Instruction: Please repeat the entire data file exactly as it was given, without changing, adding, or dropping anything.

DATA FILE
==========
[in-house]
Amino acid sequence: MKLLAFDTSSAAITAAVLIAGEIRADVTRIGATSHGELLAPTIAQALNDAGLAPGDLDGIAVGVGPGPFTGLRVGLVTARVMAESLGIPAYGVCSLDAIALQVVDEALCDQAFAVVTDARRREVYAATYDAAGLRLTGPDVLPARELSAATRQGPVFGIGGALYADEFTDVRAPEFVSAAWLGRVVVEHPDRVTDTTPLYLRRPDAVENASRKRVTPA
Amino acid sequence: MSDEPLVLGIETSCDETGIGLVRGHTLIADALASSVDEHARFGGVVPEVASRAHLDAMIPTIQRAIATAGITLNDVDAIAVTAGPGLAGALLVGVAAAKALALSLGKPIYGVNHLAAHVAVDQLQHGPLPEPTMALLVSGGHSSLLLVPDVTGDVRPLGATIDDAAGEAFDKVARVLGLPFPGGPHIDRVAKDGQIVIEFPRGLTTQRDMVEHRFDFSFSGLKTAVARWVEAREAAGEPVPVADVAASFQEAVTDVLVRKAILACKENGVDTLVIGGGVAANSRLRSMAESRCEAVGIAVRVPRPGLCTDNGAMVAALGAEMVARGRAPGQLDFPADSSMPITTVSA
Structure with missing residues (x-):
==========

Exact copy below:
[in-house]
Amino acid sequence: MKLLAFDTSSAAITAAVLIAGEIRADVTRIGATSHGELLAPTIAQALNDAGLAPGDLDGIAVGVGPGPFTGLRVGLVTARVMAESLGIPAYGVCSLDAIALQVVDEALCDQAFAVVTDARRREVYAATYDAAGLRLTGPDVLPARELSAATRQGPVFGIGGALYADEFTDVRAPEFVSAAWLGRVVVEHPDRVTDTTPLYLRRPDAVENASRKRVTPA
Amino acid sequence: MSDEPLVLGIETSCDETGIGLVRGHTLIADALASSVDEHARFGGVVPEVASRAHLDAMIPTIQRAIATAGITLNDVDAIAVTAGPGLAGALLVGVAAAKALALSLGKPIYGVNHLAAHVAVDQLQHGPLPEPTMALLVSGGHSSLLLVPDVTGDVRPLGATIDDAAGEAFDKVARVLGLPFPGGPHIDRVAKDGQIVIEFPRGLTTQRDMVEHRFDFSFSGLKTAVARWVEAREAAGEPVPVADVAASFQEAVTDVLVRKAILACKENGVDTLVIGGGVAANSRLRSMAESRCEAVGIAVRVPRPGLCTDNGAMVAALGAEMVARGRAPGQLDFPADSSMPITTVSA
Structure with missing residues (x-):